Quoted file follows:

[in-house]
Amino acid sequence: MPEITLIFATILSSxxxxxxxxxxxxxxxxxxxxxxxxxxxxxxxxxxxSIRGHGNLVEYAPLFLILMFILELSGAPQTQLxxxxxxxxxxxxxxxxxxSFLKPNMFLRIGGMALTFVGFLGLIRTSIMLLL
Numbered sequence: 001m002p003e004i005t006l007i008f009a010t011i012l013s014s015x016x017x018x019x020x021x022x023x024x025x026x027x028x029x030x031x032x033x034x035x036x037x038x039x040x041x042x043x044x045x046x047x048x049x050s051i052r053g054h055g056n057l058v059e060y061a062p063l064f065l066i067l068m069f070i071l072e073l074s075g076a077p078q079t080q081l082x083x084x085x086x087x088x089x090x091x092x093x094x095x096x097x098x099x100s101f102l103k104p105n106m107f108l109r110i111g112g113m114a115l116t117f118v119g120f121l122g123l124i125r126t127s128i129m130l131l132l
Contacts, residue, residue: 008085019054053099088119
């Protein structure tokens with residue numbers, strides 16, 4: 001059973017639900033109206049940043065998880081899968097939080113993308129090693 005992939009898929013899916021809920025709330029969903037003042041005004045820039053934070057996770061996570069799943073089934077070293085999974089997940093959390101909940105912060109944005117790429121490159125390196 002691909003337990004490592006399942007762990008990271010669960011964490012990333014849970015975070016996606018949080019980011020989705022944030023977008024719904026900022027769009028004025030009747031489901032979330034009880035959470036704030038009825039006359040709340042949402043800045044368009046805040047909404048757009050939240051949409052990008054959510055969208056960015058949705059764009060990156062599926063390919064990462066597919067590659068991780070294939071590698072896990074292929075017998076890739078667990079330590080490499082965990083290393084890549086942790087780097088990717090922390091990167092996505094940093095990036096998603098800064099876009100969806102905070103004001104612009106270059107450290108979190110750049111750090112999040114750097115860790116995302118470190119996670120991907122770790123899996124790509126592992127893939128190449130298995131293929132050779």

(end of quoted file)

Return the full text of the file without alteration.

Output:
[in-house]
Amino acid sequence: MPEITLIFATILSSxxxxxxxxxxxxxxxxxxxxxxxxxxxxxxxxxxxSIRGHGNLVEYAPLFLILMFILELSGAPQTQLxxxxxxxxxxxxxxxxxxSFLKPNMFLRIGGMALTFVGFLGLIRTSIMLLL
Numbered sequence: 001m002p003e004i005t006l007i008f009a010t011i012l013s014s015x016x017x018x019x020x021x022x023x024x025x026x027x028x029x030x031x032x033x034x035x036x037x038x039x040x041x042x043x044x045x046x047x048x049x050s051i052r053g054h055g056n057l058v059e060y061a062p063l064f065l066i067l068m069f070i071l072e073l074s075g076a077p078q079t080q081l082x083x084x085x086x087x088x089x090x091x092x093x094x095x096x097x098x099x100s101f102l103k104p105n106m107f108l109r110i111g112g113m114a115l116t117f118v119g120f121l122g123l124i125r126t127s128i129m130l131l132l
Contacts, residue, residue: 008085019054053099088119
């Protein structure tokens with residue numbers, strides 16, 4: 001059973017639900033109206049940043065998880081899968097939080113993308129090693 005992939009898929013899916021809920025709330029969903037003042041005004045820039053934070057996770061996570069799943073089934077070293085999974089997940093959390101909940105912060109944005117790429121490159125390196 002691909003337990004490592006399942007762990008990271010669960011964490012990333014849970015975070016996606018949080019980011020989705022944030023977008024719904026900022027769009028004025030009747031489901032979330034009880035959470036704030038009825039006359040709340042949402043800045044368009046805040047909404048757009050939240051949409052990008054959510055969208056960015058949705059764009060990156062599926063390919064990462066597919067590659068991780070294939071590698072896990074292929075017998076890739078667990079330590080490499082965990083290393084890549086942790087780097088990717090922390091990167092996505094940093095990036096998603098800064099876009100969806102905070103004001104612009106270059107450290108979190110750049111750090112999040114750097115860790116995302118470190119996670120991907122770790123899996124790509126592992127893939128190449130298995131293929132050779």